“Despite the heat, we got lucky,” Good-Rubenstein told those attending the post-luncheon program, “by having this nice breeze and all these trees for shade.”
Even so, most in attendance shunned formal attire for more comfortable garb. Shorts and short-sleeves were the order of the day.
The program, though, was long on substance.
Bowers was recipient of the Pioneer Spirit Award. The Wallace family of Burlington were recognized as Pioneer Family of the Year.
“I’m grateful for this award,” the humble Bowers, Skagit County’s first woman police chief said. “I don’t know how deserving I am, but I’m very thankful.”
Bowers, who entered law enforcement in 1984, said her intent from Day One was to remove gender as a factor in police work. She wrestled with receiving this award for pioneering spirit, Bower said, but has learned to look at the important achievements her individual perspective offered the position. She noted her work to improve police community engagement, prioritize domestic abuse and human trafficking issues.
Her achievements were national in scope, including graduation from the Federal Bureau of Investigation (FBI) Academy, where she received her diploma from former director and current special counsel Robert Mueller.
“In the 80s it was a big deal to be a woman in the workforce, I fought so hard to be even,” Bowers said before the program. “But now I think we are beginning to appreciate what the individual brings to the table. If my femininity is one of the things I bring, I embrace it.”

Bowers’ daughter was due to give birth any day, so Bowers was lucky Thursday was not the day. She was also happy to be in La Conner again, she said.
Bowers shared the Pioneer Park amphitheater stage with a trio Wallace family members. Each told of their family’s remarkable sojourn from Scotland to America via Ireland. The family, following a stint in the Nebraska, eventually settled in Skagit Valley, an area they found akin to Ireland.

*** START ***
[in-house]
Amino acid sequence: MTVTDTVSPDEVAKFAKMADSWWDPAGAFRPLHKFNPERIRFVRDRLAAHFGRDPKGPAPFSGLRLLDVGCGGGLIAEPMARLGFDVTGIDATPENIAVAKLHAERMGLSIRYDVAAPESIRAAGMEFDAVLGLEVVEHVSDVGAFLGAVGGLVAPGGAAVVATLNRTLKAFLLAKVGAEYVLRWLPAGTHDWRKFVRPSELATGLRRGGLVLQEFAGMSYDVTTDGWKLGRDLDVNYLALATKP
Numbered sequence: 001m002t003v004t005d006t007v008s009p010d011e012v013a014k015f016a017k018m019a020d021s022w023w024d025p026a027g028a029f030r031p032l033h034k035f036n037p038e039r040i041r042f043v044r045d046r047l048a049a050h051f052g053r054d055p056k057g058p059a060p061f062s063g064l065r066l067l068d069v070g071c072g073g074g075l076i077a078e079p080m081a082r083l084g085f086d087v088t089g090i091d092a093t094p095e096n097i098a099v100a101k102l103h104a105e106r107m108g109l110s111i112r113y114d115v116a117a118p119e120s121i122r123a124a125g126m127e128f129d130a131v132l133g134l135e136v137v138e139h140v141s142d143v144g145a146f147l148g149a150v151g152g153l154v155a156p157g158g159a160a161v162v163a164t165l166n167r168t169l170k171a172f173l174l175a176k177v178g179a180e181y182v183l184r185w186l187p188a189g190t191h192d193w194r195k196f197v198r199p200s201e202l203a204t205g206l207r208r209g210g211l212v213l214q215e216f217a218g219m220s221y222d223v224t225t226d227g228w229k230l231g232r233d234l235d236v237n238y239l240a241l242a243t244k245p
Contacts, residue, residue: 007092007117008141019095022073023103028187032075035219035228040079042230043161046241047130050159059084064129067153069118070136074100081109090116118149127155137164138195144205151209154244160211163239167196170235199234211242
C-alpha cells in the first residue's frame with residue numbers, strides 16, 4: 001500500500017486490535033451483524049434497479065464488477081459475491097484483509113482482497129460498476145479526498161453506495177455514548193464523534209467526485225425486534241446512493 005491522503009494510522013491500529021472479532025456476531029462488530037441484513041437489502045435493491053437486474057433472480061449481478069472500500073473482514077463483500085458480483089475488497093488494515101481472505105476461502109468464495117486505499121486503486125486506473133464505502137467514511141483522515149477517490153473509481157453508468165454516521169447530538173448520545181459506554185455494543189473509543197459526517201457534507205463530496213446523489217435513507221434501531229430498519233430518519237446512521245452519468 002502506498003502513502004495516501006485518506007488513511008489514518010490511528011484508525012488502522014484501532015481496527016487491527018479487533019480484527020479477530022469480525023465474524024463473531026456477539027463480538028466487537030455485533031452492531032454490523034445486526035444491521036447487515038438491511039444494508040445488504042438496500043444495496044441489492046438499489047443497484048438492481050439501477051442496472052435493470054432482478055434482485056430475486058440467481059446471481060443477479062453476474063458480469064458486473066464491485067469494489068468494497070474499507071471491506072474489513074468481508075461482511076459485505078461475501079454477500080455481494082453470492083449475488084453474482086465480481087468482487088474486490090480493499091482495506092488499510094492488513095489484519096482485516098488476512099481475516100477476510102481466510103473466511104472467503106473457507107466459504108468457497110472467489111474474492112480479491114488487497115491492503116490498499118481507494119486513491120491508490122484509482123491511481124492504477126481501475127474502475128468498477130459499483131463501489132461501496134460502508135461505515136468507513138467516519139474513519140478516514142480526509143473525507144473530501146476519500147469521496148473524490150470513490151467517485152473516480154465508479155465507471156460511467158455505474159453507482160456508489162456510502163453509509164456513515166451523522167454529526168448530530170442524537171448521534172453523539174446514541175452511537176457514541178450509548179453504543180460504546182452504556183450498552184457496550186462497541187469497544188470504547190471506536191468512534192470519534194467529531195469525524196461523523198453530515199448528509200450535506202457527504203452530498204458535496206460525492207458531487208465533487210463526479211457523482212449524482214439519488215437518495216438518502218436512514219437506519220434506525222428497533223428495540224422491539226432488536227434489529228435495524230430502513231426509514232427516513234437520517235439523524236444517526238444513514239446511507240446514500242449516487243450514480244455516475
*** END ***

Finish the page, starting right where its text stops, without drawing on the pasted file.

Though protestants, so-called “orange” Irish, the Wallace forebears farmed in Ireland at the mercy of British gentry.
They emigrated to the U.S., explained Jack Wallace, in hopes of being able to own land where they could farm, hunt, and fish at their pleasure.
Jack Wallace worked with Skagit County Historical Museum staff to write the history of the Wallaces for the event. He presented a book titled “The Wallaces in Skagit Valley: A Brief Family History” at the picnic. Additionally, Wallace and museum staff had curated old photos, on display on tables and bulletin boards.
Many Wallaces attended the picnic, all descendants of James Wallace, Jack Wallace said. “I’m happy to be here and get to know each other and share each other’s histories,” he said.
Since arriving in Skagit County in 1903, the Wallaces have established themselves as leaders in education, agriculture and business.
“Both of these recipients,” Good-Rubenstein said of the Wallaces and Bowers, “are very deserving of these awards. They both have a great sense of community.”
La Conner native Faye Whitney, who regularly leads the Pioneer Picnic group sing-a-longs, was unable to attend due to illness. Good-Rubenstein filled in ably, despite some initial hesitation. “I tried recruiting a replacement for Faye without much success,” she said. “I’ll do my best, but I’m not going to do a solo.”
Dan Royal and Jo Wolfe presented the respective Pioneer Association Historian and Skagit County Historical Museum reports.
Other awards were presented as well.
At the close of the program, Linda Kelly, from St. Paul, Minnesota, was recognized as the person having traveled the farthest to attend the Pioneer Picnic. Bill Meador, 93, of La Conner, was honored as the oldest man in attendance. Mary Jane Crogstad Vetter, 88, earned applause for being the oldest woman.
The good-natured Vetter accepted her honor with mild protest, though.
“Eighty-eight isn’t that old,” she said. “I think all the older people had already left.”